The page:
Fourteen-day moving average applied to the local effective Haser production rates of water calculated from the MIRO data.

The scatter seen in the local water production rates are indicative of the variation in latitude from the subsolar point of each observation. In Fig. 4, the peaks in the local effective Haser production rates can be seen to occur when MIRO views latitudes close to the subsolar latitude and conversely, the dips correspond to times when latitudes away from the subsolar latitude are observed.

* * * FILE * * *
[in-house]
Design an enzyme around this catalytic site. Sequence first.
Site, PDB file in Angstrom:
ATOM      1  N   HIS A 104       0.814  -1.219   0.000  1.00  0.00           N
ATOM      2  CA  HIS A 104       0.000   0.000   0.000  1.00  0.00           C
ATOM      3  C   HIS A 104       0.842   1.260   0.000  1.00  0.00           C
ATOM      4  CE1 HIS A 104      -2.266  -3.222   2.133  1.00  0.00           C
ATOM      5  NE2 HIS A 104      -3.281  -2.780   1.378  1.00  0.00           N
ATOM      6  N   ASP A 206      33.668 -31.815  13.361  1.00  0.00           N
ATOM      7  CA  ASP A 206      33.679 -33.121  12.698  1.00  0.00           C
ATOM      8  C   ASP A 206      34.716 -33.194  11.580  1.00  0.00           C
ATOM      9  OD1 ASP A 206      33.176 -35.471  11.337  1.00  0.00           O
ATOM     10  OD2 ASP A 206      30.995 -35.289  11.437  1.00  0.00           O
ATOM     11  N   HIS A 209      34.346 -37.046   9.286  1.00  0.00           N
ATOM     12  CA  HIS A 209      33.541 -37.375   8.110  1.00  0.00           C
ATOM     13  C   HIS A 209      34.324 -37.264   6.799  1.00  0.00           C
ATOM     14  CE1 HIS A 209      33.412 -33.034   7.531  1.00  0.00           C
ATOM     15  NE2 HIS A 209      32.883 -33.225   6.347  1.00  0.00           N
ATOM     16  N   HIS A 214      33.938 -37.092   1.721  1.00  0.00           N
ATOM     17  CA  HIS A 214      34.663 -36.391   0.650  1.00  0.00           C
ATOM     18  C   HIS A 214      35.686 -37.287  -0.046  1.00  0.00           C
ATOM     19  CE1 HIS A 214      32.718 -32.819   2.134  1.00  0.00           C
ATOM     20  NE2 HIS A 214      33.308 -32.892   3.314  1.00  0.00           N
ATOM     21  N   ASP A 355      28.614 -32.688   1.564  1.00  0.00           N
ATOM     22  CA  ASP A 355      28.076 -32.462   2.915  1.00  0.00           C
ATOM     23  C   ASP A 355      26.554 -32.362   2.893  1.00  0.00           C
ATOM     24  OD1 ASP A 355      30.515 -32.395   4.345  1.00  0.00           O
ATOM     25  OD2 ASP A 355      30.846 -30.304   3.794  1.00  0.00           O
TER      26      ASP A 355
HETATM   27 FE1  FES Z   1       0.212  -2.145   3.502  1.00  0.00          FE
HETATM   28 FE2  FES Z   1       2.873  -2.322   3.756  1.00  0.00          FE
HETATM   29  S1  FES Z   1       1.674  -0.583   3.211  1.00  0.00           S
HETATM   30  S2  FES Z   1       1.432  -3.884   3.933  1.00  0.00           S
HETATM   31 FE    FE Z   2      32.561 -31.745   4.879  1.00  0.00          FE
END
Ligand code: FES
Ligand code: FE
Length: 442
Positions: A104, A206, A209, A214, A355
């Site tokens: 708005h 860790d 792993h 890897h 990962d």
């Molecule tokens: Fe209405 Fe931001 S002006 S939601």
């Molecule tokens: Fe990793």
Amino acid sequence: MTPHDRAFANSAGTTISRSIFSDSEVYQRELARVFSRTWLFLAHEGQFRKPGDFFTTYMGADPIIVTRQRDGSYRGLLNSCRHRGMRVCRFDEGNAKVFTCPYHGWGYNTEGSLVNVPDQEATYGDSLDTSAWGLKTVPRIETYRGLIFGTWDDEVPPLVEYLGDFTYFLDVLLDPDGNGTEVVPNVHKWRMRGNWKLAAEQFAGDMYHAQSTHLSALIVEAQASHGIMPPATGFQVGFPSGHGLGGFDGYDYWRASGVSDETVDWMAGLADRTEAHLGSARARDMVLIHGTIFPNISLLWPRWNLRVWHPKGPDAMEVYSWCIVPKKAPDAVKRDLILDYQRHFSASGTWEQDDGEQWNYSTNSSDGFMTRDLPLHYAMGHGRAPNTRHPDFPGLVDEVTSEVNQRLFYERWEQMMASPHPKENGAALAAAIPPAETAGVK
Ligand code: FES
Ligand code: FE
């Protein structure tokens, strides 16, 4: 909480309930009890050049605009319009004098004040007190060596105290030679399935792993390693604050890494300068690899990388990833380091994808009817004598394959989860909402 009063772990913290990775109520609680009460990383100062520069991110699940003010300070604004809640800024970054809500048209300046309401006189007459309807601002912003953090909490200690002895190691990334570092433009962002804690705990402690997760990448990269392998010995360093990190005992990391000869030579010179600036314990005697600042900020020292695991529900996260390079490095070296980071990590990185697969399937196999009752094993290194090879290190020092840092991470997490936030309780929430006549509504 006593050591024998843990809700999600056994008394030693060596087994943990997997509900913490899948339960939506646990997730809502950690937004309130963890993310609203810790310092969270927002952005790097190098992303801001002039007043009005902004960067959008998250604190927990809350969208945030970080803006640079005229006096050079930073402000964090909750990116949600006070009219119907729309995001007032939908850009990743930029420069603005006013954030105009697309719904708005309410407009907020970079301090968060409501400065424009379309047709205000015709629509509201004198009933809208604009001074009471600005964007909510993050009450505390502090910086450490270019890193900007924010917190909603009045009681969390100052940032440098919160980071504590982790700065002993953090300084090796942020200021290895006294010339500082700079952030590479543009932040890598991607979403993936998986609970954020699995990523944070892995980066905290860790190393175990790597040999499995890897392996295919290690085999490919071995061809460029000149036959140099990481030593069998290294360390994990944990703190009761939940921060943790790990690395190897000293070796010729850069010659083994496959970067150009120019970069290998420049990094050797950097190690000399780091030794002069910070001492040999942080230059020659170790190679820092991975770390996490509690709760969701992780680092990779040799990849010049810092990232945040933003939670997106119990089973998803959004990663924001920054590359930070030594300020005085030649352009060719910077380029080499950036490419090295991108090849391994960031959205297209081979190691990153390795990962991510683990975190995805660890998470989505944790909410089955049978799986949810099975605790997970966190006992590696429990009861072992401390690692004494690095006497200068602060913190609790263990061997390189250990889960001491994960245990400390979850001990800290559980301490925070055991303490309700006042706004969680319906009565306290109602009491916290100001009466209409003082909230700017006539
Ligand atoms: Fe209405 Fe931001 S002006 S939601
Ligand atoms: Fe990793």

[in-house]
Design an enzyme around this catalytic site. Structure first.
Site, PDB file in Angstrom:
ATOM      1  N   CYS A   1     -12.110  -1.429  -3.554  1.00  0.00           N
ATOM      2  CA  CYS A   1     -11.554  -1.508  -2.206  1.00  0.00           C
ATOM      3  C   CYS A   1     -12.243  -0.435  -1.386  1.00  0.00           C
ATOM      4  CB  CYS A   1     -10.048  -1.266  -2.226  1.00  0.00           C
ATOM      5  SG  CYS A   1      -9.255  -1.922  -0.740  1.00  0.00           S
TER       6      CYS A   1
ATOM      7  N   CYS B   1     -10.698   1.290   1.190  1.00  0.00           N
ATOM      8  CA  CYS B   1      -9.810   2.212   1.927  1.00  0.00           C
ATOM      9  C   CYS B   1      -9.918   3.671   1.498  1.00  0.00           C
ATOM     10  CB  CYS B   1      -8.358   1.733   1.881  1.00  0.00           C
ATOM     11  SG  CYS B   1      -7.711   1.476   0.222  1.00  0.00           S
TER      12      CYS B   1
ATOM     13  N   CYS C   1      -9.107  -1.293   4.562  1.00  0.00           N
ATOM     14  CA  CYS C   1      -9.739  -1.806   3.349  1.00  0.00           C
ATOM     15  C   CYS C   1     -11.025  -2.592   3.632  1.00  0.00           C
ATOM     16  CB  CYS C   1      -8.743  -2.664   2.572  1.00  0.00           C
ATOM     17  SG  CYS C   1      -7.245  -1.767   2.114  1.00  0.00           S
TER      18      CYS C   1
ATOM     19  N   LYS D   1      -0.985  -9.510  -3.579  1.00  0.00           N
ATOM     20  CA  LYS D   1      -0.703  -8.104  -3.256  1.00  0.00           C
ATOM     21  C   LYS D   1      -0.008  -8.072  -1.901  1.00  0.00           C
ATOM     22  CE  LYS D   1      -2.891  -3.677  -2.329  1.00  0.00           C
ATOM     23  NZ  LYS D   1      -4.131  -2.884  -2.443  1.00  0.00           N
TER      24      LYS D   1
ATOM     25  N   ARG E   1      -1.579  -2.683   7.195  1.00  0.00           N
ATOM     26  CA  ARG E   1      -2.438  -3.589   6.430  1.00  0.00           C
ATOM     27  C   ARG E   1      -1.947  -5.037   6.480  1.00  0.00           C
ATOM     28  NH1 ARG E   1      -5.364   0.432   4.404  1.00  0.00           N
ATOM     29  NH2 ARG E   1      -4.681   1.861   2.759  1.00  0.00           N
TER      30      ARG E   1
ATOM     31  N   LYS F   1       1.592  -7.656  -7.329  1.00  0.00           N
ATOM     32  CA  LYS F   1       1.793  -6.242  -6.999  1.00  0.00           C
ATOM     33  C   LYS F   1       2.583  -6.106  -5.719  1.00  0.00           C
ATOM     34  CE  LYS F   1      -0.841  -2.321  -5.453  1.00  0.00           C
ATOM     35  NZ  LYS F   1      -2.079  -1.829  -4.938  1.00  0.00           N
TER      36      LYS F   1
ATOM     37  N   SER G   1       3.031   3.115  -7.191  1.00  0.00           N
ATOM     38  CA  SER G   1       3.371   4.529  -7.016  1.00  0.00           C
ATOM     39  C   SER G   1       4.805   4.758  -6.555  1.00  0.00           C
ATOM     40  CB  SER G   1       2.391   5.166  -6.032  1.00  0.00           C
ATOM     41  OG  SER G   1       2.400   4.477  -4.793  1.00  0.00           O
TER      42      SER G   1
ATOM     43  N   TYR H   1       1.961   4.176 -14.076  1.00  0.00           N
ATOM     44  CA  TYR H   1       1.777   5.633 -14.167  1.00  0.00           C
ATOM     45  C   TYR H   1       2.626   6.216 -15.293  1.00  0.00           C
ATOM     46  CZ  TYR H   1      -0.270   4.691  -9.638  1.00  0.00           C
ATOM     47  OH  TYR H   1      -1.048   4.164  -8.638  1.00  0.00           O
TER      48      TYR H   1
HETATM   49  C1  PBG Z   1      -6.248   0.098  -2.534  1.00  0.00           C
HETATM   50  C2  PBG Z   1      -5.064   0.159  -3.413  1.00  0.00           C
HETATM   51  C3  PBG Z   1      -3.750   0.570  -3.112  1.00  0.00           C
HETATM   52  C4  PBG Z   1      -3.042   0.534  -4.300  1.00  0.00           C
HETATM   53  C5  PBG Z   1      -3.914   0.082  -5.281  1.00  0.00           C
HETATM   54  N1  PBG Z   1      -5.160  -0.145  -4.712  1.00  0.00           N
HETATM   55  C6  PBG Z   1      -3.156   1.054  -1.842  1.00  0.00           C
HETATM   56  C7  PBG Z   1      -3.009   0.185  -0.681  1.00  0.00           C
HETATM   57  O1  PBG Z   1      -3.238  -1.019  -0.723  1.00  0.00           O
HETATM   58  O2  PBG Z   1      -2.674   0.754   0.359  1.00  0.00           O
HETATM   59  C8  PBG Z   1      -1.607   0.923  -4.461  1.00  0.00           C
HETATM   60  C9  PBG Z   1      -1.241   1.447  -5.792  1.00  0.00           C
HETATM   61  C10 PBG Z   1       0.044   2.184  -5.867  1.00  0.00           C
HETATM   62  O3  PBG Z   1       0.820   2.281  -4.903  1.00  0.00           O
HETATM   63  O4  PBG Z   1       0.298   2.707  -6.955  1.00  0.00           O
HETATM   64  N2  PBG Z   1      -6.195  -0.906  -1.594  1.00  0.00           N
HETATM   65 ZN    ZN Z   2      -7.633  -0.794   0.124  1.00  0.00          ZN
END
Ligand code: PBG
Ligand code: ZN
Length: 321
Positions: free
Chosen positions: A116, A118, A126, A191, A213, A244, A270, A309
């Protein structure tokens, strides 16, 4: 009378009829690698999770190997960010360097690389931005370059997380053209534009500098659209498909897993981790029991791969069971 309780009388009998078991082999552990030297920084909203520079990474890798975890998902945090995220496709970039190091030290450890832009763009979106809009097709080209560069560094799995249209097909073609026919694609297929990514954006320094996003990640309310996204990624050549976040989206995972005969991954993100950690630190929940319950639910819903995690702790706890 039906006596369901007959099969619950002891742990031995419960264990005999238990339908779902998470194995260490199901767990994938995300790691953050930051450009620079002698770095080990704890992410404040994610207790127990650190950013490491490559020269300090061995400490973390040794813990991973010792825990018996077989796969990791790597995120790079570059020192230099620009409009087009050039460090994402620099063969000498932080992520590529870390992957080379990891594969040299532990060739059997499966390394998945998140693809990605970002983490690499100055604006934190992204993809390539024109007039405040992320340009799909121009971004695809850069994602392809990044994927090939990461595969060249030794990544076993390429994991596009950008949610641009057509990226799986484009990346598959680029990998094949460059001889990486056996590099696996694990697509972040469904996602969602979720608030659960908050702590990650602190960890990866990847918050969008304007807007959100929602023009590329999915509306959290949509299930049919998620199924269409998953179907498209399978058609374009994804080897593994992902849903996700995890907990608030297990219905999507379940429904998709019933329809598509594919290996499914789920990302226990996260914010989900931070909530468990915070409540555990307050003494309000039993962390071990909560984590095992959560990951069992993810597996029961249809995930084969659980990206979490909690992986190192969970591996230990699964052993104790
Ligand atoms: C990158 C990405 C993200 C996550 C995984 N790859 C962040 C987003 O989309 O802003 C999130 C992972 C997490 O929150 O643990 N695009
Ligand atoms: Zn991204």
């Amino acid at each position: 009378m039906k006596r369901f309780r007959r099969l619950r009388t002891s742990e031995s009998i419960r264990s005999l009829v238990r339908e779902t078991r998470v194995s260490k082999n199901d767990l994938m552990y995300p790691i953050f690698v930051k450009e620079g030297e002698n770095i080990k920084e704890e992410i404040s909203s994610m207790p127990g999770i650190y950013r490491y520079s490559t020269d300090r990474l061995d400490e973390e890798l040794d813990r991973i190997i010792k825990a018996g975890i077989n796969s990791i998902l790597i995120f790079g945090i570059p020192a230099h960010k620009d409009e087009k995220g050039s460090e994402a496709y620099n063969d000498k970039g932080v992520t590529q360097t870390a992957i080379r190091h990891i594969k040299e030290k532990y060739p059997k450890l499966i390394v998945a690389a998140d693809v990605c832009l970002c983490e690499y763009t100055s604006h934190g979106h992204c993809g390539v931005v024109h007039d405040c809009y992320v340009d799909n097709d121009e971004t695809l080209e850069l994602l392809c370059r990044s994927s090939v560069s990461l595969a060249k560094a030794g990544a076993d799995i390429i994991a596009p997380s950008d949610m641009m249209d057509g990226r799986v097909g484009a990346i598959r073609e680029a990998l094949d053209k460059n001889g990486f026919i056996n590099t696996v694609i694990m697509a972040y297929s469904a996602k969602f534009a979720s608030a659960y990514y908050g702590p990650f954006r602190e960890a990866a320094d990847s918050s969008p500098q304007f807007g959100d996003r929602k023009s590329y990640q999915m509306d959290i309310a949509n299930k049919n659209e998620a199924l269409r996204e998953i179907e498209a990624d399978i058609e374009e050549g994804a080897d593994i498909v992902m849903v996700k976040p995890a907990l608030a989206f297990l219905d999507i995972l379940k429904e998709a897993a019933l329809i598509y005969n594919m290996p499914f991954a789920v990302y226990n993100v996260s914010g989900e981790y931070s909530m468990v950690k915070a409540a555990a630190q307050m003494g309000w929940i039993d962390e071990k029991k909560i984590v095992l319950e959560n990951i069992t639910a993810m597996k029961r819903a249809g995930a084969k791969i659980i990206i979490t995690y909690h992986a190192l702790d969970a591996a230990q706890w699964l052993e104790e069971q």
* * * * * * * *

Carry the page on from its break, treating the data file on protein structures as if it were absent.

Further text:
A 14-day moving average smoothing is applied to the MIRO data to give a qualitative description of the mean behaviour over the observational period, shown in orange and in Table 1. The moving average assumes that day- and night side observations are equally weighted. The water outgassing increases from (3.16 ± 1.00) × 1026 molecules s-1 in the first averaging bin (i.e. 231 days before perihelion, ~2.4 AU from the Sun) to (5.05 ± 2.46) × 1027 molecules s-1 a week before perihelion. Then 245 days after perihelion (the last averaging bin), the water production rate drops to (1.93 ± 0.46) × 1026 molecules s-1. The bias in the latitudinal sampling means that the moving average is close to, but does not represent, the global production rate: the average may over- or underestimate the true global value depending upon the distribution of the observed latitudes. Nevertheless, the qualitative agreement between the moving average and global production rates from other instruments and ground-based observations is good, and these global measurements also fall within the point cloud of the local effective Haser production rates derived in this work.